There is a crisp chill in the air and that means it is the perfect weather for soup. I love soups. They are just great comfort foods that “warm the cockles of your heart”, as my dad always used to say. I think soups of all kinds are some of my favorite comfort foods too. Plus, if you have a lot of little bits of this and that, but not enough for a meal by themselves, you can ALWAYS throw them into a big pot of soup. Back in my restaurant management days, that’s exactly what we did too. Everything got tossed into either the soup pot or the chili pot. It was different all the time.
I made a creamy soup with wild rice, chicken and mushrooms that just hit the spot. I served it with the rest of my pumpkin egg bread Pumpkin Egg Bread and some white wine and we had a simple, yet delicious fall dinner.
I love rice, but I have to admit I don’t use a lot of wild rice, so this was a little different version of chicken and rice soup even for me. But I loved every bite.
Wild rice is actually a wild grass, rather than a rice. It is more like oats rather than more traditional rice found around the world. It is lumped into the rice family more because of its appearances rather than its actual genetic make up. Usually wild rice is cooked with wild game or duck, but more and more recipes are using wild rice too now to give a richer, nuttier taste and texture.
Until about 20 years ago, most wild rice grew naturally in the lakes and slow-moving streams of northern Minnesota and bordering Canada. The crop was harvested by Native Americans, who were members of the Ojibway Indian tribe. They processed it using traditional methods passed down from their ancestors. Today, most of it is now cultivated in commercial paddies.
Wild rice tastes like rice, which is why it’s called rice, even though it’s a completely different species. Like brown rice and other whole grains, wild rice has an outer shell (bran) that gives it a chewy texture. Wild rice has a slightly grassy flavor and a smokiness that comes from the way it’s processed.
There is a difference between wild rice and black rice too. Wild rice is grown in the United States and Canada, and as I said, it is actually a wild grass. Black rice hails from China and Asia. Black rice is sweetish to taste and has a nutty feel about its texture. Black rice is also called the “forbidden rice” because it was originally only for the wealthy and royalty due to its expense, though today, it is on the market for everyone to enjoy. It is also one of the oldest types of rice in the world too. Both the black and wild rice are chewy and nutty in texture. However, they are not so firm like the brown rice wherein it takes almost half an hour or so to cook. Other than wild rice is a wild grass and comes from North America and black rice is actually a rice and comes from China, there are not that many differences between the two grains, either nutritionally or in taste. They can also be interchangeable in recipes as well. Today, it is based on both personal preference and availability.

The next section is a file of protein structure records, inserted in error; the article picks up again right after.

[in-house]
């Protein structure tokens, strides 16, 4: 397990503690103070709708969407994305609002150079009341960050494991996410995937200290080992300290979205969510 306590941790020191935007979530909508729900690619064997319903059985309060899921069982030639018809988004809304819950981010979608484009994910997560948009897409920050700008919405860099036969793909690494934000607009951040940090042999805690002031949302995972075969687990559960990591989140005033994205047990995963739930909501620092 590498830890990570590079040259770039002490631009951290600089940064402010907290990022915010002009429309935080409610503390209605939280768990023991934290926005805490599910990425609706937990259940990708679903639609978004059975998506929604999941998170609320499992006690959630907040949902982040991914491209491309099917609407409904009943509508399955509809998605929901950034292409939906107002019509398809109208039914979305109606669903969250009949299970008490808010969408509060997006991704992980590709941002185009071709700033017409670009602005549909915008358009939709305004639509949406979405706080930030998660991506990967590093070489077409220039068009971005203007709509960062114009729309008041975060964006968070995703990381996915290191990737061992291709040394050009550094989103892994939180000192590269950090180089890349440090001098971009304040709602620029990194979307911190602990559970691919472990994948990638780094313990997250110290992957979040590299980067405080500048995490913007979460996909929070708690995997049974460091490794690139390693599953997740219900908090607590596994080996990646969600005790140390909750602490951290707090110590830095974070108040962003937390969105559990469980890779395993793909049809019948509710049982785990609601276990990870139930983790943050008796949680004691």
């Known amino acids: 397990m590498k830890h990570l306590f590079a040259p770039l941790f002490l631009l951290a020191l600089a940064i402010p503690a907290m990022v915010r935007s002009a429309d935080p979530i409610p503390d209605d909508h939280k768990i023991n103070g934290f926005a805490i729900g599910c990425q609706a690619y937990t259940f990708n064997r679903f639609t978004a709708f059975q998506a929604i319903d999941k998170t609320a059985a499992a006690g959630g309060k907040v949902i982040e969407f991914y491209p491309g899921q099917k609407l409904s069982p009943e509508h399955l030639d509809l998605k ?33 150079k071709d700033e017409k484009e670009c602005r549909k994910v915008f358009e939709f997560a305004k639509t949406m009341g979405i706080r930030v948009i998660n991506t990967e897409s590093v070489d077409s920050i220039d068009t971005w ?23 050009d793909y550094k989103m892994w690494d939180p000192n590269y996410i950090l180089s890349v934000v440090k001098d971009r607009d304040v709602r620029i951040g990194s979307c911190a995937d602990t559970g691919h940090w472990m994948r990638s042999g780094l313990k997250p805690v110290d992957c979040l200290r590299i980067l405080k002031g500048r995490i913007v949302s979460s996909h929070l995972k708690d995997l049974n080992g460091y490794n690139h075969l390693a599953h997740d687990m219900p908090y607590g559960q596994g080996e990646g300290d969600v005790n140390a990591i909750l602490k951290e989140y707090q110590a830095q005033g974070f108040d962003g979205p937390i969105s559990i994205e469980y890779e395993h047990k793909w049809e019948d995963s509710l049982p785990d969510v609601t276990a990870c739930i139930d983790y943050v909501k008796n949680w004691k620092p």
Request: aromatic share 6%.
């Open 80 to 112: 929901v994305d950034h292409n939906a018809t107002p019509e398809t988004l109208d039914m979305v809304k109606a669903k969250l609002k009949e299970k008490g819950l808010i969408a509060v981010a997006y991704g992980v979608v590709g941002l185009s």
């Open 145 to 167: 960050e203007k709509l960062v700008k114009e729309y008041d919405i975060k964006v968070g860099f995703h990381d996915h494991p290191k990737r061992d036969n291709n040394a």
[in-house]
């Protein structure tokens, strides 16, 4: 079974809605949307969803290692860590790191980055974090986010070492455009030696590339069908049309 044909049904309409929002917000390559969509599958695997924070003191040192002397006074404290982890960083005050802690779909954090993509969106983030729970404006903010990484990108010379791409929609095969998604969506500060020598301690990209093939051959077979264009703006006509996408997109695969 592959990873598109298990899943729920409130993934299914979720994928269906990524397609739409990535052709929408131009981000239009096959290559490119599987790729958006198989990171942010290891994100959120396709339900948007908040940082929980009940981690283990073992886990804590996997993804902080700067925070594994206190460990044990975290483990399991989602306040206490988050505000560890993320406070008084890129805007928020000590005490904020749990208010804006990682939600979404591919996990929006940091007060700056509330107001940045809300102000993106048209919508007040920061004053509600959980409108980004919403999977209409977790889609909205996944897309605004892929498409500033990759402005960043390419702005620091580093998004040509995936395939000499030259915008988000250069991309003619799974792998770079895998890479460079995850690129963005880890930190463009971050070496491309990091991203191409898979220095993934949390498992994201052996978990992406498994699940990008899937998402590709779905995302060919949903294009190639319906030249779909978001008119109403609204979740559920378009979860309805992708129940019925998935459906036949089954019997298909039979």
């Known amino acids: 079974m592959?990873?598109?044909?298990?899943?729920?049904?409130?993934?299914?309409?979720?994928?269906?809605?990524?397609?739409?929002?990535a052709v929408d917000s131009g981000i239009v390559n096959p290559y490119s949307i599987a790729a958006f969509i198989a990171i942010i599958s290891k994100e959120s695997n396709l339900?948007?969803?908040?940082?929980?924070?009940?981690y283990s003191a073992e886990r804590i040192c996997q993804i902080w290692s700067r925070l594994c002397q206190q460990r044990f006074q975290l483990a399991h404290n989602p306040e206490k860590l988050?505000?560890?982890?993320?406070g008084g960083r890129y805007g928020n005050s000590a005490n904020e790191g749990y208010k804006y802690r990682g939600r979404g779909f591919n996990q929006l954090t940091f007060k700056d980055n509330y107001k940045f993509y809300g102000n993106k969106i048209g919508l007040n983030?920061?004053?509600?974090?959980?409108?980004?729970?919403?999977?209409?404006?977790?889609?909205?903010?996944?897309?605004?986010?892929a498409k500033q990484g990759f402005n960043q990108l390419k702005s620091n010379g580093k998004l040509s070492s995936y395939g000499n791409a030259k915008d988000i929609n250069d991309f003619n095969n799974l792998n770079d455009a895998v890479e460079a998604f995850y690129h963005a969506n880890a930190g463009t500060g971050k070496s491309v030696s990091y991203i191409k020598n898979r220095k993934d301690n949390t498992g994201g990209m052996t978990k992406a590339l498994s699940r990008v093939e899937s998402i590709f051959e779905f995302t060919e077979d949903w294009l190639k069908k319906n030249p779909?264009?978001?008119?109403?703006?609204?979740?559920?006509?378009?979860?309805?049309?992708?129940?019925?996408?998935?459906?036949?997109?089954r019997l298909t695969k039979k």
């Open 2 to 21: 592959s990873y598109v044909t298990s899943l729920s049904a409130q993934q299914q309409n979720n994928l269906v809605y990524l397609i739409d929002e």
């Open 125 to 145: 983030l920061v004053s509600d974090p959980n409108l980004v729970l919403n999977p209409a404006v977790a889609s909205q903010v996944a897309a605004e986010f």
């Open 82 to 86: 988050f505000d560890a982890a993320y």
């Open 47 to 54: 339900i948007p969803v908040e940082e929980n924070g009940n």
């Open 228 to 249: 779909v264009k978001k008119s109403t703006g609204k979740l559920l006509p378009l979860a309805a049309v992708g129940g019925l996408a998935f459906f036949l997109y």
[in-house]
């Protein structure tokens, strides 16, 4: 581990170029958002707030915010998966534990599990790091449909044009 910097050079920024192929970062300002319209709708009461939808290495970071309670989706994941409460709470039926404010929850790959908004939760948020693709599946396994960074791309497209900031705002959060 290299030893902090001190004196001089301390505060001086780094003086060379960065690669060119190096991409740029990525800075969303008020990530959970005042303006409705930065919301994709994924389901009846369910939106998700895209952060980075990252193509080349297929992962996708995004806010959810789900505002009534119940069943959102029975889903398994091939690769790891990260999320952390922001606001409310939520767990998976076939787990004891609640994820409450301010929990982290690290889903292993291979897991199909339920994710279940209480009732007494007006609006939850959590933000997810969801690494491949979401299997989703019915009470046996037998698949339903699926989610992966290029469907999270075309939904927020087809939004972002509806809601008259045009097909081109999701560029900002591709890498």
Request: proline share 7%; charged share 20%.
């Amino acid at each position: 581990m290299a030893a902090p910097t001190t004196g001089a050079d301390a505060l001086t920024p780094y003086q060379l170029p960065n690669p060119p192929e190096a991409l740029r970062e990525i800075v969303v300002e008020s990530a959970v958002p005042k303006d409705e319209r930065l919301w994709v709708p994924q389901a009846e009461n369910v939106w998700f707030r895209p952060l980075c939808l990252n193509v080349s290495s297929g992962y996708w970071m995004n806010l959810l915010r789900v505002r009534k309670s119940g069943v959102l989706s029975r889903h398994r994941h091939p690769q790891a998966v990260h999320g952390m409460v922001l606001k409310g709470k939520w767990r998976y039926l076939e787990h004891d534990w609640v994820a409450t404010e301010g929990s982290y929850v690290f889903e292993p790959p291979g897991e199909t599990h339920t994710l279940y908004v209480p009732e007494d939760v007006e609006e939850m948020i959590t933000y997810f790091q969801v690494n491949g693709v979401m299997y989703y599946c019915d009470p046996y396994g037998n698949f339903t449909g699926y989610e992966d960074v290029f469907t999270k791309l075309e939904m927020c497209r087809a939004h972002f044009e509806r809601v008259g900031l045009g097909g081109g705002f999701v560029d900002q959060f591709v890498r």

Chicken, Wild Rice and Mushroom Soup
2 lbs cooked chicken, cut into bite-sized pieces
1 cup chopped onion
1 cup chopped carrots
1 cup chopped celery
1 lb mushrooms, sliced thick
1-2 TBSP garlic
salt & pepper to taste
olive oil and butter for cooking
1/2 cup dry white wine
1 cup heavy whipping cream
1/3 cup flour
6 cups chicken broth
1 cup cooked wild or black rice
2 tsp fresh thyme
Get a large Dutch oven or pot hot and add the butter and olive oil. Add the mire poix, or the carrots, onions and celery and cook for about 5 minutes, or until they are softened.
Next, add the chicken, mushrooms and garlic and continue to cook for about 15 minutes.
Add the wine and deglaze the pan, followed by the chicken broth.
Bring to a boil, then reduce the heat to a simmer and continue to cook for about 10-15 minutes, stirring frequently.
While the soup mixture is cooking, combine the cream and the flour and mix together well. Then add to the soup mixture and cook until the soup is slightly thickened.
Add the wild rice and incorporate into the soup thoroughly. Once again, bring to a full, rapid boil, then reduce the heat to a simmer and continue to cook for an additional 5 minutes. Add the thyme right at the finish and mix in thoroughly.
All that is left to do now is to spoon it up and enjoy. Delicious!
I am going to make a vegan gluten free version of this too for my students. I will omit the chicken and will substitute coconut milk for the heavy whipping cream, leave out the flour and will use vegetable broth in lieu of chicken broth. See simple easy-peasy changes, but the same basic recipe. Cooking vegan isn’t hard at all, like so many people think. It is usually just making simple adjustments.
Stay safe and stay well Everyone. ‘Til next time.